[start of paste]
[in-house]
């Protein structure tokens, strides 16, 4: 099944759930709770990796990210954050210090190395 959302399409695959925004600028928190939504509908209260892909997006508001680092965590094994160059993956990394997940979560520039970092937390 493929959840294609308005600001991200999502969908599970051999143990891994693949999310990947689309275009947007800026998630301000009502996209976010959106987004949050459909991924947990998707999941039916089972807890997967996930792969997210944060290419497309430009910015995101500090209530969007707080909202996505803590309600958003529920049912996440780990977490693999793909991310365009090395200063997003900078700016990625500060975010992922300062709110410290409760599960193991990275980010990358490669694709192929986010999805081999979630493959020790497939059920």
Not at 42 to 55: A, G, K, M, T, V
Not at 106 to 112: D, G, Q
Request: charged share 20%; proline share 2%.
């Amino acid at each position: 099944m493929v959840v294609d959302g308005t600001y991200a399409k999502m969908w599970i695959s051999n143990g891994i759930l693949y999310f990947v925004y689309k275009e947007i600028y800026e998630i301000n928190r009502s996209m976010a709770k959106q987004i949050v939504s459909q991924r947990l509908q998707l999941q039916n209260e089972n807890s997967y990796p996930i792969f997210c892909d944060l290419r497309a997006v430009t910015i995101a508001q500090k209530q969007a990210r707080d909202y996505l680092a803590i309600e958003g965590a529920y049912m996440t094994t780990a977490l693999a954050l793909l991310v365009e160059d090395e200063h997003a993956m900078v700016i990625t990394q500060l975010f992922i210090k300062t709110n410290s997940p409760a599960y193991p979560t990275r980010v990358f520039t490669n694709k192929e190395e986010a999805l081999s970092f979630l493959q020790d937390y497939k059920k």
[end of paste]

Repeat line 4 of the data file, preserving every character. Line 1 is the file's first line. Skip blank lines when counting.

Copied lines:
Not at 106 to 112: D, G, Q